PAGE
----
If you want to rank states, there are two broad roads to follow. First, you can administer questionnaires and respondents reply to specific questions. This route, however, presumes that respondents know about all the states you wish to rank. Second, you can use objective data. There’s a third alternative of splicing subjective and objective, but that’s neither here nor there. We used the objective route, relying solely on data from Central sources, so that non-comparability of data across states was not an issue.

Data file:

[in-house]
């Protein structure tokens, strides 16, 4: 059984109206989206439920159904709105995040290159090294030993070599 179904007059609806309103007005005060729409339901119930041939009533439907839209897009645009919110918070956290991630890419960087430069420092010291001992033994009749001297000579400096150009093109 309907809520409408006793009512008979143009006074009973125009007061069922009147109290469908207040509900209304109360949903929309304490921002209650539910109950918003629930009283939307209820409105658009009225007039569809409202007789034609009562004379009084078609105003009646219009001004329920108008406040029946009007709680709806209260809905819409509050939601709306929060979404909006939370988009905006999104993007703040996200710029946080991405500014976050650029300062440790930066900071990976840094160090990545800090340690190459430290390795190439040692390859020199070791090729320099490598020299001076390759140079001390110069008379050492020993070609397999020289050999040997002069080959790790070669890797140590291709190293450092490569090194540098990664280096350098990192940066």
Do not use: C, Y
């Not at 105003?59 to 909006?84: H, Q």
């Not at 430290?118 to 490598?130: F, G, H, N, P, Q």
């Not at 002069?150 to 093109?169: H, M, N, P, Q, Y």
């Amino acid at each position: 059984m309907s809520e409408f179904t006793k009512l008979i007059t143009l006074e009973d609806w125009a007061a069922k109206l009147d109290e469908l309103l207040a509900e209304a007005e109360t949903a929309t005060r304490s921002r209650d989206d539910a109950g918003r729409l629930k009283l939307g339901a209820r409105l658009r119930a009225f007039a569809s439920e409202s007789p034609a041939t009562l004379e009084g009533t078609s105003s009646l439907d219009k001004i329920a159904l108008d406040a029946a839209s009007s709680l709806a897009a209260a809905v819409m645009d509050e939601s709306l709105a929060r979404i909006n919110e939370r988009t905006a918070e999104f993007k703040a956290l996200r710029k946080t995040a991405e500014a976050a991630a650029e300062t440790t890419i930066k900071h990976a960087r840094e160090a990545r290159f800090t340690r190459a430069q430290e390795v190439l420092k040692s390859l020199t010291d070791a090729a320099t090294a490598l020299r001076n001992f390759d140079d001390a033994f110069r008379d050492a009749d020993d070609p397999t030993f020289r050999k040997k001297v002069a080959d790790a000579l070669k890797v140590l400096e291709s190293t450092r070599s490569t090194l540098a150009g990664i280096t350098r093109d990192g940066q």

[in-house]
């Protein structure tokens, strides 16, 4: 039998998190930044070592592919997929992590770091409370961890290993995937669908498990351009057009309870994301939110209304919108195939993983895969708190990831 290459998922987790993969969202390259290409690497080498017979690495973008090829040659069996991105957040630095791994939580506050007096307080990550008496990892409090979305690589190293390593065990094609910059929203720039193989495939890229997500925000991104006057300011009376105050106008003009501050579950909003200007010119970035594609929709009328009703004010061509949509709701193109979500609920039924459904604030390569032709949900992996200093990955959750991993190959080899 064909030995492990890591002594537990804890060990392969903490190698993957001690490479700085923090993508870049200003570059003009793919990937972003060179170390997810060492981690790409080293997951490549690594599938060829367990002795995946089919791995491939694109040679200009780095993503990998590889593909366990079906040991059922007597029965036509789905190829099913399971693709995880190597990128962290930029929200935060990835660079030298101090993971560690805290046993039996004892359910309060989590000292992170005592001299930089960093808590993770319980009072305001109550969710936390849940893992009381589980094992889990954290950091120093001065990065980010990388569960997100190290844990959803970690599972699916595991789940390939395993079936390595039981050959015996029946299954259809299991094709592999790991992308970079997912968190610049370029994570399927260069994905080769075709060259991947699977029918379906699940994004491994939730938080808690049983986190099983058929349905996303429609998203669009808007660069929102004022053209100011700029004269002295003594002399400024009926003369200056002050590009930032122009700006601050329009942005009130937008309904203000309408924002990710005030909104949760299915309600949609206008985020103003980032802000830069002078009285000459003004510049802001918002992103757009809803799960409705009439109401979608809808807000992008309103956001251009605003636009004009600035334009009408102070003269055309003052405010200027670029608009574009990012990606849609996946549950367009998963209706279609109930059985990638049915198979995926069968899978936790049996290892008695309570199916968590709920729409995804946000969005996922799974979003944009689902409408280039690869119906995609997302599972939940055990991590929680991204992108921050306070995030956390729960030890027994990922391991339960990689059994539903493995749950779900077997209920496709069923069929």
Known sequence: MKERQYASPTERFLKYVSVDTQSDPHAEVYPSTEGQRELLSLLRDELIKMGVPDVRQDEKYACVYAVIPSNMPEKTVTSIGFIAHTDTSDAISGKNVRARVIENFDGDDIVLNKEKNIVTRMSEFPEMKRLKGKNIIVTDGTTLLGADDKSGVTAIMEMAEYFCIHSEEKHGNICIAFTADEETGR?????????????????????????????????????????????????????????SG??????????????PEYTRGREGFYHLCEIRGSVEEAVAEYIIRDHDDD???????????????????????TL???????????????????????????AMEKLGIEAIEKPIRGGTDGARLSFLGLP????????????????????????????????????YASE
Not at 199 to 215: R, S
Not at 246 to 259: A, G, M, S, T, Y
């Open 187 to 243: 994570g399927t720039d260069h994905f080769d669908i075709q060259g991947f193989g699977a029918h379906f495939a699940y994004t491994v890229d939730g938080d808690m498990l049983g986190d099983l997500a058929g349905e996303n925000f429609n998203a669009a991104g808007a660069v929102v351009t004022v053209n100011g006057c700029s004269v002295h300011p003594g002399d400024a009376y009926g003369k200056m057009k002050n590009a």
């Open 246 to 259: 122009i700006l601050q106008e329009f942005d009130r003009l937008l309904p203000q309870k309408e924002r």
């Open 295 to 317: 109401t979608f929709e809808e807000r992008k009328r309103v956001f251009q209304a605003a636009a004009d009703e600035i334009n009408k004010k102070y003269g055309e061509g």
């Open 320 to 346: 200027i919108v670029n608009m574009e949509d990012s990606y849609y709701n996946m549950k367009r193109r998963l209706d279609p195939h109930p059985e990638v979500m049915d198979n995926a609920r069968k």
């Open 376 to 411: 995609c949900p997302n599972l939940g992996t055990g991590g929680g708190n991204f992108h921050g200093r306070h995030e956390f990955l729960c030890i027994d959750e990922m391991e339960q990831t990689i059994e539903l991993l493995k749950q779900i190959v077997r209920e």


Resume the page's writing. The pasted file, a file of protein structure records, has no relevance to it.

The next step is to identify the parameters. We picked eight heads. Prosperity and budget (percentage of population above poverty line, percentage of urban population, inflation, per capita capital expenditure, per capita debt, per capita Gross State Domestic Product or GSDP, per capita revenue of state electricity board); law and order (number of policemen per lakh people, ratio of cases filed to pending cases in courts, share of murders, kidnappings and rapes to total cognisable crimes); health (infant mortality ratio or IMR, ratio of male IMR to female IMR, percentage of births assisted by trained personnel, registered doctors per million population, sex ratio and per capita expenditure on health and family welfare by state government); education (literacy rate, proportion of 10-plus children having completed primary education, expenditure on ele-